Ms. Pearcey ranges far and wide, from the history of ideas to contemporary issues faced by Christians today. She has an extensive section on Intelligent Design, the critique of Darwinism with which she has particular expertise. She shows how nearly every non-Christian worldview can be untangled by simply applying the Christian paradigm of Creation (what does this worldview think is the origin of the world?), the Fall (what does this worldview think is the source of human problems?), and Redemption (what does this worldview think is the solution that would put things right?).
She deals with gender issues. (Men have been consigned to the public sphere of brutal but meaningless facts; women have been seen as the source of inner, humanizing values. Trying to go from one realm to the other, without the biblical wholeness, gives us the feminization of the church, feminists who try to be masculine, and men who are alternatively macho and wimpy.)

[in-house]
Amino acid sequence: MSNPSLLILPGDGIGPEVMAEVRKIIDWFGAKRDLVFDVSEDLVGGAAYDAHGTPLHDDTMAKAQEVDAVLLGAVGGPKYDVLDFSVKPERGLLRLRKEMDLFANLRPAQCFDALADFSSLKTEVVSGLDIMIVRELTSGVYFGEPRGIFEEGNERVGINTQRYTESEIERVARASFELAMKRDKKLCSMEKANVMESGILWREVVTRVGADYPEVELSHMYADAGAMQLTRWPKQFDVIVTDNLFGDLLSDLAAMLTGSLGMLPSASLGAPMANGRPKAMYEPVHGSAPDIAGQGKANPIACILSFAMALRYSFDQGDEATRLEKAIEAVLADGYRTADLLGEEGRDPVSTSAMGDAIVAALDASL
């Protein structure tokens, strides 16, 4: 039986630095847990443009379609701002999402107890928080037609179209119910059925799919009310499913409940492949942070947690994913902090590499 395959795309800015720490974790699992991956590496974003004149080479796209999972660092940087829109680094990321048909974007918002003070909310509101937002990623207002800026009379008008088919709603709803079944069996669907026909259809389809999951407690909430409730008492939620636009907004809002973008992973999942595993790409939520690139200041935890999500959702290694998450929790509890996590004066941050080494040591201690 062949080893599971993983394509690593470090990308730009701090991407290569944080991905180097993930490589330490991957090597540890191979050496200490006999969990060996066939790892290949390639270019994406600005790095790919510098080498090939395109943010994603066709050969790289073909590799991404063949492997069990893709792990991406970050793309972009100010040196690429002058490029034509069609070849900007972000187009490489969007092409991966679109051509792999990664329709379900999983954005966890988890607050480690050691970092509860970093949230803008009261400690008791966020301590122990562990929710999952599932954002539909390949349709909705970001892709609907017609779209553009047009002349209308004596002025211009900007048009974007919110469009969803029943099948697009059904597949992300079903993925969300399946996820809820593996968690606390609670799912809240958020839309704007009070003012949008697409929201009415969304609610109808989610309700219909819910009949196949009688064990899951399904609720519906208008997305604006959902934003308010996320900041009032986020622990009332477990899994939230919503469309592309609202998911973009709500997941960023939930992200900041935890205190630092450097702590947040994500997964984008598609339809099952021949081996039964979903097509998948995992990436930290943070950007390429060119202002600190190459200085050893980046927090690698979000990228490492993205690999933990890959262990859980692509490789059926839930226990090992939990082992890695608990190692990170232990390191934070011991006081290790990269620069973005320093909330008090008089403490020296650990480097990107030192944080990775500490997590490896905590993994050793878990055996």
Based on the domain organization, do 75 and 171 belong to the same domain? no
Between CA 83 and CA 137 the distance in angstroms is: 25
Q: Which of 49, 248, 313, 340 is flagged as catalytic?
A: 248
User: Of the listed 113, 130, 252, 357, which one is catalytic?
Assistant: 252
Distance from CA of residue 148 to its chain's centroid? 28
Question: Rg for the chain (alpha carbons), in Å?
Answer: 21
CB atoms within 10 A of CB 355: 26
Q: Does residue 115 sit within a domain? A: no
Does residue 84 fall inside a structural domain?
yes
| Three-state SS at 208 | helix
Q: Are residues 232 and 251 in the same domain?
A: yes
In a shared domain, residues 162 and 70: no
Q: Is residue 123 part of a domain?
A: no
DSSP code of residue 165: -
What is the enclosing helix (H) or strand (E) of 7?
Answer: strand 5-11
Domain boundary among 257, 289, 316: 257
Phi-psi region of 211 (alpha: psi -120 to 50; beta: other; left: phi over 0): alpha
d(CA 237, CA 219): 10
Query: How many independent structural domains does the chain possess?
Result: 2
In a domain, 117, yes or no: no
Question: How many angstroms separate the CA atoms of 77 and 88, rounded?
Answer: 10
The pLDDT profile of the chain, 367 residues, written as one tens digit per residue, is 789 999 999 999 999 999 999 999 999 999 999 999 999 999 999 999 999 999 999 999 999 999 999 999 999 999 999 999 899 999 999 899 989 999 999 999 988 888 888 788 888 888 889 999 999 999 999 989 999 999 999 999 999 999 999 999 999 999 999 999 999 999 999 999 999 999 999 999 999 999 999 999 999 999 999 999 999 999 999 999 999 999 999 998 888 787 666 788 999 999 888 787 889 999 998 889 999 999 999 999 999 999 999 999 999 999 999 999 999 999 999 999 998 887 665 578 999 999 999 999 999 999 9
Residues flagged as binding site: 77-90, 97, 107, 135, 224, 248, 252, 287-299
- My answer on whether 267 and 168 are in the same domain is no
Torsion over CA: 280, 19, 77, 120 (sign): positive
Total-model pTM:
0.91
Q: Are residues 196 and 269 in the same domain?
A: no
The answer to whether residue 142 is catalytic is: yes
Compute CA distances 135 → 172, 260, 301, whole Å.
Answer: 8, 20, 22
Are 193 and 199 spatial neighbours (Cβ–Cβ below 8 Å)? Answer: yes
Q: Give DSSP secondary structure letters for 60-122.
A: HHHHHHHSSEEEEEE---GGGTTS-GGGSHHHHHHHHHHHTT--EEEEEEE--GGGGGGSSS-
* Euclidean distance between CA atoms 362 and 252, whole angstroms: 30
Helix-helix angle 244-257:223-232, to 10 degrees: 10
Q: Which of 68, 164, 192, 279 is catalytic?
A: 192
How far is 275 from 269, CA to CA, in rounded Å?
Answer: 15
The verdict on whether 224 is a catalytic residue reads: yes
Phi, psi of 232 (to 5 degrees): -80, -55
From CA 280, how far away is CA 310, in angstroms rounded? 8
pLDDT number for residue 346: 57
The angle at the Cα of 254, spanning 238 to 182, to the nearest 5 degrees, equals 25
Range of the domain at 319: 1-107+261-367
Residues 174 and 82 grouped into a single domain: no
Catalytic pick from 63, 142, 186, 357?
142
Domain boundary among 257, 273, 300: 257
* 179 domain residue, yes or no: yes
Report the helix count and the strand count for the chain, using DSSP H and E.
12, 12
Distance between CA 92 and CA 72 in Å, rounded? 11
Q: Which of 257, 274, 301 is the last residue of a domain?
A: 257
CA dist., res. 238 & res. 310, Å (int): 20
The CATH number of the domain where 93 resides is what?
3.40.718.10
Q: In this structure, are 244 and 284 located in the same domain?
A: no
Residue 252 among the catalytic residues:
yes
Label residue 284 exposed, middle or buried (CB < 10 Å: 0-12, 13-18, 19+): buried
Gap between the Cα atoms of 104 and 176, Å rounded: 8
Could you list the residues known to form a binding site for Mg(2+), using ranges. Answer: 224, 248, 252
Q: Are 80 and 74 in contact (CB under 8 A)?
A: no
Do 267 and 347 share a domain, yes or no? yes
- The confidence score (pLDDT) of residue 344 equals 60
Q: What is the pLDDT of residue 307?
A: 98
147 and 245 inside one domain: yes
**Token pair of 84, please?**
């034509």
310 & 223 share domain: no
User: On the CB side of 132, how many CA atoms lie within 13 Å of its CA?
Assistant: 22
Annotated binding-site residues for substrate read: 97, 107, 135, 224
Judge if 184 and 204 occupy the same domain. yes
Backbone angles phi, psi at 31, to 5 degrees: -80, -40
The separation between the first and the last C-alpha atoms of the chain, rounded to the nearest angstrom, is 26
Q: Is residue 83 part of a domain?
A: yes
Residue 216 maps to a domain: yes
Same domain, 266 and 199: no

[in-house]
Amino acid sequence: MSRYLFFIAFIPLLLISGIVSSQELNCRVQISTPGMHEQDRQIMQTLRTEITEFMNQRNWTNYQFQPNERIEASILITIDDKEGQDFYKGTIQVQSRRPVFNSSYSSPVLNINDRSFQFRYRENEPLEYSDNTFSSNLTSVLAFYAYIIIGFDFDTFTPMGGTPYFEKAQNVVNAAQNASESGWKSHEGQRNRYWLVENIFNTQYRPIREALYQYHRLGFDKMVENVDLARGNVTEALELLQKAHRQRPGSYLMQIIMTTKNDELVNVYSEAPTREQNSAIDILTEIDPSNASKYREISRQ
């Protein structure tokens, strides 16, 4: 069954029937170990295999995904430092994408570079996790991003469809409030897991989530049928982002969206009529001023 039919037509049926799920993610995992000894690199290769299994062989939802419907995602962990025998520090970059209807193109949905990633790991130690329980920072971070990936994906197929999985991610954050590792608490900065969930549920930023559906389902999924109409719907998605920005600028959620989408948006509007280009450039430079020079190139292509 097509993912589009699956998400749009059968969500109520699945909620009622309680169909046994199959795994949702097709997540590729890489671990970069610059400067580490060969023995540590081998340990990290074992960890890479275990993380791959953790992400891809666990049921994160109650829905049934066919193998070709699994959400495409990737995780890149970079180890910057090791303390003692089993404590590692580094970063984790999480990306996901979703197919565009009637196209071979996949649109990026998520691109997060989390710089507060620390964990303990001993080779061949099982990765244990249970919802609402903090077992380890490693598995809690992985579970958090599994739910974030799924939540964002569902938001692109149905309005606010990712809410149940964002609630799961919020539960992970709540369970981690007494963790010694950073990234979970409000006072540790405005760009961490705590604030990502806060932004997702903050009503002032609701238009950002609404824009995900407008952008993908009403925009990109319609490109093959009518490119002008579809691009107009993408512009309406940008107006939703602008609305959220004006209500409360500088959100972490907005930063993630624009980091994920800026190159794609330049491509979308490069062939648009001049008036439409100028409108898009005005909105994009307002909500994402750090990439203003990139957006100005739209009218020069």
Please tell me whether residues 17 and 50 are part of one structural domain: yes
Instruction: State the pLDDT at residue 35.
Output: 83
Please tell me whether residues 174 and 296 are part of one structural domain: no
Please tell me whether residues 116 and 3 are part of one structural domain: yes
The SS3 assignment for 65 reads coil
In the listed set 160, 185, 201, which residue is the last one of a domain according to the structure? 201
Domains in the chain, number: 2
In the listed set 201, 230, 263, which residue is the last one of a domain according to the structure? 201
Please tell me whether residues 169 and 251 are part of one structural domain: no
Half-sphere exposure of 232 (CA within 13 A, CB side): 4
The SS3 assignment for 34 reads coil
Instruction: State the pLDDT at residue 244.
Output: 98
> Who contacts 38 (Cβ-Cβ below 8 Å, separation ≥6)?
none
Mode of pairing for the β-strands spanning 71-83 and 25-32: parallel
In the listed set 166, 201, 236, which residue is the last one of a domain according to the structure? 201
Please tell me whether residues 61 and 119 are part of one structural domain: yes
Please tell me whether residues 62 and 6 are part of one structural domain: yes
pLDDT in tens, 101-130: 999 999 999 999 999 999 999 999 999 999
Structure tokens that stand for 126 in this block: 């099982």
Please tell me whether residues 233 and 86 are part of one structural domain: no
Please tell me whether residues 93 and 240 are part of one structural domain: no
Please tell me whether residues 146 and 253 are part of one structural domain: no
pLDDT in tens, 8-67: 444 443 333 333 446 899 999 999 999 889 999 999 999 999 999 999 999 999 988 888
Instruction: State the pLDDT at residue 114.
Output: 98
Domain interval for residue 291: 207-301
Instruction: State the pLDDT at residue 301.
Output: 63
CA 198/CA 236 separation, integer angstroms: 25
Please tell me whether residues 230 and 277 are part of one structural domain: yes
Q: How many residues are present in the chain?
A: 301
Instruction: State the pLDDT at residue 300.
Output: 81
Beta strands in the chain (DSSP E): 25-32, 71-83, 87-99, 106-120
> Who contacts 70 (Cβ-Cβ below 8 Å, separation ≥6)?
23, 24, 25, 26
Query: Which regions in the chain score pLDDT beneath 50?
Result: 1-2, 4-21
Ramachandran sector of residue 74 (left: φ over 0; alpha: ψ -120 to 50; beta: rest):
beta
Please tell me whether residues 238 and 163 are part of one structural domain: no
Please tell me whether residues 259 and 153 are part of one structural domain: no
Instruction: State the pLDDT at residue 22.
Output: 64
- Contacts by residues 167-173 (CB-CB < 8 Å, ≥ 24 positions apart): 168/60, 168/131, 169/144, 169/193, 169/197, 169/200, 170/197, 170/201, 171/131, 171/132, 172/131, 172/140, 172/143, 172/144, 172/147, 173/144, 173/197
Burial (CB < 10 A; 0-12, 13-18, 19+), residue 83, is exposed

She deals with apologetics and the culture wars, evangelism, and genuine Christian spirituality. She also shows how Christianity can be brought back into the external world once again. And for all of its intellectual and theological sophistication, Total Truth is written in a way that the average layperson will understand and appreciate.
The total truth of Christianity is far superior in every way to the total fabrications of postmodern Gnosticism.